See also: skó and -sko

BiakEdit

PronounEdit

sko

  1. third person trial pronoun, the three of them

DanishEdit

 
sko

PronunciationEdit

  • IPA(key): /sɡoːˀ/, [sɡ̊oːˀ], [sko̝ˀ]

Etymology 1Edit

From Old Norse skór, from Proto-Germanic *skōhaz, of unclear etymology; possibly a derivative of *skehaną (to move quickly), from Proto-Indo-European *skek- (to move quickly, jump).

NounEdit

sko c (singular definite skoen, plural indefinite sko)

  1. shoe
InflectionEdit

Etymology 2Edit

From Old Norse skoa.

VerbEdit

sko (imperative sko, infinitive at sko, present tense skor, past tense skoede, perfect tense har skoet)

  1. to shoe (to put horseshoes on a horse)

Further readingEdit


GaroEdit

EtymologyEdit

From Proto-Sino-Tibetan *m/s-gaw.

NounEdit

sko

  1. (anatomy) head

ReferencesEdit

  • Burling, R. (2003) The Language of the Modhupur Mandi (Garo) Vol. II: The Lexicon[1], Bangladesh: University of Michigan
  • Mason, M.C. (1904) , English-Garo Dictionary, Mittal Publications, New Delhi, India
  • Garo-Hindi-English Learners' Dictionary, North-Eastern Hill University Publications, Shillong

IcelandicEdit

AdverbEdit

sko

  1. used when giving an explanation, you see, see here, so, now
    Sko, ég verð upptekinn næstu daga en verð laus um helgina.Here's the situation: I'll be busy the next few days but I'm free during the weekend.
    Ég verð sko upptekinn á morgun.You see, I'll be busy tomorrow.
  2. filler word, often used for hesitation, you know, like
    Mér finnst þetta sko ekkert sérstaklega skemmtilegt.I, like, don't think this is very fun.
    Synonym: hérna

InterjectionEdit

sko

  1. look!, look at that! (often implies awe)
    Sko skipið!Wow, would you look at that ship!
    Nei sko!Wow!
  2. used to acknowledge that someone has done well
    Sko þig.Would you look at that, you did quite well!

Derived termsEdit


Norwegian BokmålEdit

 
Norwegian Wikipedia has an article on:
Wikipedia no

EtymologyEdit

From Old Norse skór, from Proto-Germanic *skōhaz, of unclear etymology; possibly a derivation from *skehaną (to move quickly), from Proto-Indo-European *skek- (to move quickly, jump).

NounEdit

sko m (definite singular skoen, indefinite plural sko, definite plural skoa or skoene)

  1. a shoe

Derived termsEdit

VerbEdit

sko (imperative sko, present tense skor, simple past skodde, past participle skodd)

  1. to shoe

ReferencesEdit


Norwegian NynorskEdit

Etymology 1Edit

 
Norwegian Nynorsk Wikipedia has an article on:
Wikipedia nn

From Old Norse skór, from Proto-Germanic *skōhaz, of unclear etymology; possibly a derivation from *skehaną (to move quickly), from Proto-Indo-European *skek- (to move quickly, jump). Cognate with English shoe.

PronunciationEdit

NounEdit

sko m (plural skoen)

  1. a shoe
InflectionEdit
Derived termsEdit

VerbEdit

sko (present tense skor, past tense skodde, past participle skodd/skott, passive infinitive skoast, present participle skoande, imperative sko)

  1. (transitive) to shoe
Derived termsEdit

Etymology 2Edit

Origin unknown, though possibly related to skade (damage, injury). The verb may be influenced by Etymology 1.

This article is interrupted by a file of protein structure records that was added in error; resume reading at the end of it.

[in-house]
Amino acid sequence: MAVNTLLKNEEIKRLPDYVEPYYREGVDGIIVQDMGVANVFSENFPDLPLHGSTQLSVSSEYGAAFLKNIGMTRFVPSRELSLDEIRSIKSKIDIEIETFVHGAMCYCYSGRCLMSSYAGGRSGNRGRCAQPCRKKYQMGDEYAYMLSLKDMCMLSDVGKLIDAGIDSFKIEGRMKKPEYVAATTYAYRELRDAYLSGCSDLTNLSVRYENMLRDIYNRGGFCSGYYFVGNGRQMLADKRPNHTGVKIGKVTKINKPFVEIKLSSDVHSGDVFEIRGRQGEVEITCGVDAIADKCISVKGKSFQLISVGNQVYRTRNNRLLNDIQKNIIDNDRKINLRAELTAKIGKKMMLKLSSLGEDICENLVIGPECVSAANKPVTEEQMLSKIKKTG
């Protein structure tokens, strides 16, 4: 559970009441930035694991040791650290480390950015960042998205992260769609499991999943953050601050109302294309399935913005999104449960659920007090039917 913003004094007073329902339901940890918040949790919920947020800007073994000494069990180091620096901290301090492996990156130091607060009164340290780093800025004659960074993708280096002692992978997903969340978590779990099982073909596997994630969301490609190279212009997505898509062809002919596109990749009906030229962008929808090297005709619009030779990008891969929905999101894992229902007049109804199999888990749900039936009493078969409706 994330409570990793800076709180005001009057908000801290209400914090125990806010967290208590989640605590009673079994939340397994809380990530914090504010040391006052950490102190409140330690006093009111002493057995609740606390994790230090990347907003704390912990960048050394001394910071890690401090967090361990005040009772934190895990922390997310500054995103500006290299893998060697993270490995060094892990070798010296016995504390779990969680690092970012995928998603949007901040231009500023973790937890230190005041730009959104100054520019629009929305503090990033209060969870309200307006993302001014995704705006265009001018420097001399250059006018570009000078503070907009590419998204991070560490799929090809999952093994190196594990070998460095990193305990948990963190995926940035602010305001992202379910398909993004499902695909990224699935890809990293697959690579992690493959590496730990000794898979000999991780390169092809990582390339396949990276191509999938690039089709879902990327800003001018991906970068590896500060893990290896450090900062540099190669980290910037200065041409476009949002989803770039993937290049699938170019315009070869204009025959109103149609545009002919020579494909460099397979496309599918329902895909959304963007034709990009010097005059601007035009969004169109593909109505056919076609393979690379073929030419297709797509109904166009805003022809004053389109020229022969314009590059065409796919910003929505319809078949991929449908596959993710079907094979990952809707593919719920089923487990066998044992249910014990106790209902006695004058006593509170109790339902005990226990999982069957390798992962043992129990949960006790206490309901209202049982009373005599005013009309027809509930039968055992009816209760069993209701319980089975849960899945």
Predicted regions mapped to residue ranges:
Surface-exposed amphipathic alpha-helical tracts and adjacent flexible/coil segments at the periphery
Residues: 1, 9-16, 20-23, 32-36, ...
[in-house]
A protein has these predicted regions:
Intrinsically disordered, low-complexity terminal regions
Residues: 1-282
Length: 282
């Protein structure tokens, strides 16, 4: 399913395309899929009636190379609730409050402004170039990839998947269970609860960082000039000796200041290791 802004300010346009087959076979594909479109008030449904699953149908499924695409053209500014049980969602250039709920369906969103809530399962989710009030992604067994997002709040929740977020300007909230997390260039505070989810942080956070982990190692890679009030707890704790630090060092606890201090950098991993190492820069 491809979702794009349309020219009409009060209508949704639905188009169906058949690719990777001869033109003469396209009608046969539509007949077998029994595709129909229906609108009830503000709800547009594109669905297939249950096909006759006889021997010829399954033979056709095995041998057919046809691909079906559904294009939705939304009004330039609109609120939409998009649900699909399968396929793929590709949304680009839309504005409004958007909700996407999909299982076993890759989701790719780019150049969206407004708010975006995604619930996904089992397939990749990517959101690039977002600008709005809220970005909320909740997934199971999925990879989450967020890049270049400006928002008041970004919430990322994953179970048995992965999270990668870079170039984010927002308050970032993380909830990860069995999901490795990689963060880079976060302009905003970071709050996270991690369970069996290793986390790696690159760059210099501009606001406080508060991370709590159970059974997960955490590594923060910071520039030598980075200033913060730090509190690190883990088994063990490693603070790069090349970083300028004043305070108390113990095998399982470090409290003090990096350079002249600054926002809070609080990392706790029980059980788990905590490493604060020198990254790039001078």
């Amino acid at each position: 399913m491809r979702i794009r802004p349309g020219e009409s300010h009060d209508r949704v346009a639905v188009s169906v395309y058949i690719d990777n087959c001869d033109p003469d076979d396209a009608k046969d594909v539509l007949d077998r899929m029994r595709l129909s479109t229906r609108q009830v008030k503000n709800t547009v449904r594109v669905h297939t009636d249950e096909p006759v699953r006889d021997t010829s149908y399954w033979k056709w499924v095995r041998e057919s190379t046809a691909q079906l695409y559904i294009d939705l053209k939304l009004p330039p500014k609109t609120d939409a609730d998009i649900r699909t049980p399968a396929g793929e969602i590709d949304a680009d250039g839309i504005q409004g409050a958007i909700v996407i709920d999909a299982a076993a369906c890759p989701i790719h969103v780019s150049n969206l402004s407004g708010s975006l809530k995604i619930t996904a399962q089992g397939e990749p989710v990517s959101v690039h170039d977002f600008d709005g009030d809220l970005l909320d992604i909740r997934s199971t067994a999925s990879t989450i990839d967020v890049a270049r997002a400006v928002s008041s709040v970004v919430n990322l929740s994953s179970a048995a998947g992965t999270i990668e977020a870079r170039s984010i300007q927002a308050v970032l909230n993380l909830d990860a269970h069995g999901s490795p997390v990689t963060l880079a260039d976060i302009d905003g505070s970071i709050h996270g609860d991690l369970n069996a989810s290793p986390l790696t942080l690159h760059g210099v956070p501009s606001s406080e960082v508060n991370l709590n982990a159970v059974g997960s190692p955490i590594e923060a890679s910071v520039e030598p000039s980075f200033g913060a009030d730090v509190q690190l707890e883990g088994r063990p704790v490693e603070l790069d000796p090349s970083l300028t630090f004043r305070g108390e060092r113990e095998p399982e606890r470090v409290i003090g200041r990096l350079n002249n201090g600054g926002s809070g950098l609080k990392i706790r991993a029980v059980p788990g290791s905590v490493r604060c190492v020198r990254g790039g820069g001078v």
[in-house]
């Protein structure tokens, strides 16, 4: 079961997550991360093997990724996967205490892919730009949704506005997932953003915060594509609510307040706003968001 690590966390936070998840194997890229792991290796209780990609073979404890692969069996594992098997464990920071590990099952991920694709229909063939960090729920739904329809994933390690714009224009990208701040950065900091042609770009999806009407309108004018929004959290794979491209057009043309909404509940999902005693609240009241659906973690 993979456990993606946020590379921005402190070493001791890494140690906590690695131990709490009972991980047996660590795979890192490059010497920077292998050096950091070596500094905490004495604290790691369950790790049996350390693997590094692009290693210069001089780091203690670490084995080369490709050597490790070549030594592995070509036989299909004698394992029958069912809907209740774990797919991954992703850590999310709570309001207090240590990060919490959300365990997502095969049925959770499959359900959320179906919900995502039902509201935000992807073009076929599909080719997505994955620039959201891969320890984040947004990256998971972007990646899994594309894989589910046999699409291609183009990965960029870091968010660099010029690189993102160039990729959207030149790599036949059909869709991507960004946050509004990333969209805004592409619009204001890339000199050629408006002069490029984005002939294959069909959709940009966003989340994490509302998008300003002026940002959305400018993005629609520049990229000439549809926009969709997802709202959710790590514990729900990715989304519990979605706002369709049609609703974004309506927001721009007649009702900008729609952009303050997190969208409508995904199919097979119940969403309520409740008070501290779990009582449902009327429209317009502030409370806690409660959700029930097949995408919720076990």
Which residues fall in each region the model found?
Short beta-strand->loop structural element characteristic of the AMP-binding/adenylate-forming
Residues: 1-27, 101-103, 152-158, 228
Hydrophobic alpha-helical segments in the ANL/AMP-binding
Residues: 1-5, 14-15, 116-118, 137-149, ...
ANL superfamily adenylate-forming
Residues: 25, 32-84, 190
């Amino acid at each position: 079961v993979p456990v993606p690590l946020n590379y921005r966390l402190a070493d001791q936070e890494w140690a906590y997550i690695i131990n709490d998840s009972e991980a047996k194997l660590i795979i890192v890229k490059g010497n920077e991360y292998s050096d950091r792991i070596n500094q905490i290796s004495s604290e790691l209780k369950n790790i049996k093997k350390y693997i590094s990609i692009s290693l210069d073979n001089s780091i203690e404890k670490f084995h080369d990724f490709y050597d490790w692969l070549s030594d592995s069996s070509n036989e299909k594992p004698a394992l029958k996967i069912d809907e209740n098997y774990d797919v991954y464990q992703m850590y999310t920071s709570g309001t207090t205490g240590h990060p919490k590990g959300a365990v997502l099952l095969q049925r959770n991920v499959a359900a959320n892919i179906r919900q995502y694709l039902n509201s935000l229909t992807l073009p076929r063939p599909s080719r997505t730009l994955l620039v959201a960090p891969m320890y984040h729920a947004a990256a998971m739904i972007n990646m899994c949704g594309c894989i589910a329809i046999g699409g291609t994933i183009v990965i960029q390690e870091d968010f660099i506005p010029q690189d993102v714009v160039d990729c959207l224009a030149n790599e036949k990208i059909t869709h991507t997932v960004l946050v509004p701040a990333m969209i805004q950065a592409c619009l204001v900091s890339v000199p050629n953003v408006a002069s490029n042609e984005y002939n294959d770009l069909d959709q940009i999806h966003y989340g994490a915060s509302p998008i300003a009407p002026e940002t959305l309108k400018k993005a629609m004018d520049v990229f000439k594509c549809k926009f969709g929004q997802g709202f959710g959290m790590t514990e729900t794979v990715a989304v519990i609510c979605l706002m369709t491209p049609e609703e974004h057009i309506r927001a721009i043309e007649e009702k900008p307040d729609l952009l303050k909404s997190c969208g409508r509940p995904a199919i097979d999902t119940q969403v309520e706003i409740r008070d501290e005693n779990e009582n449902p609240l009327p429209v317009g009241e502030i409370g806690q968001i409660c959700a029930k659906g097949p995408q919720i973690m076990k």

PronunciationEdit

AdjectiveEdit

sko (masculine and feminine sko, neuter skott, definite singular and plural sko or skoe, comparative skoare, indefinite superlative skoast, definite singular skoaste)

  1. greedy

VerbEdit

sko (present tense skor, past tense skodde, past participle skodd/skott, passive infinitive skoast, present participle skoande, imperative sko)

  1. to take, grasp greedily
  2. to long for

ReferencesEdit

AnagramsEdit


SwedishEdit

EtymologyEdit

From Old Norse skór, from Proto-Germanic *skōhaz, of unclear etymology; possibly a derivation from *skehaną (to move quickly), from Proto-Indo-European *skek- (to move quickly, jump).

PronunciationEdit

  • IPA(key): /skuː/
  • (file)
  • Rhymes: -uː

NounEdit

sko c

  1. a shoe (on foot or on a horse)
  2. a lining (of iron on a wooden tool; similar to a horseshoe)

DeclensionEdit

Declension of sko 
Singular Plural
Indefinite Definite Indefinite Definite
Nominative sko skon skor skorna
Genitive skos skons skors skornas

Related termsEdit

See alsoEdit

VerbEdit

sko (present skor, preterite skodde, supine skott, imperative sko)

  1. to shoe, to put on shoes; especially on a horse
    Han bygger sitt hus själv, förfärdigar sina kläder, bakar sitt bröd, brygger sitt öl, smider sin spik, skor sina hästar, förfärdigar sina vagnar
    He builds his own house, manufactures his own clothes, bakes his own bread, brews his own beer, forges his own hammernails, shoes his own horses, builds his own waggons
    Passade fötterna se’n i värmande strumpor af svart ull, Skodde sig snabbt, steg opp, tog fårskinnspelsen af väggen,
    Fit he then his feet in warming socks of black wool, shod himself quickly, stood up, took the sheep fur coat off the wall
  2. to line an object with a protection against wear
    • 1862, Hagberg, translation of Shakespeare, King John, II, 2.
    Nu får väl döden sko sin käft med stål
    O, now doth Death line his dead chaps with steel;
  3. (reflexive) to profit, to earn an undue profit (enough to buy shoes for oneself)
    William hade skott sig på Hörnerska konkursen och var således en »klok» man som åtnjöt aktning och förtroende
    William had made a profit from Hörner's bankruptcy and was thus a »wise» man who enjoyed respect and trust
    Medan bolag och partiledare skodde sig, voro stadens gator illa stenlagda, smutsiga och dåligt upplysta
    While corporations and party officials earned well, the city's streets were lacking in pavement, dirty and poorly lit

ConjugationEdit

Related termsEdit

ReferencesEdit

AnagramsEdit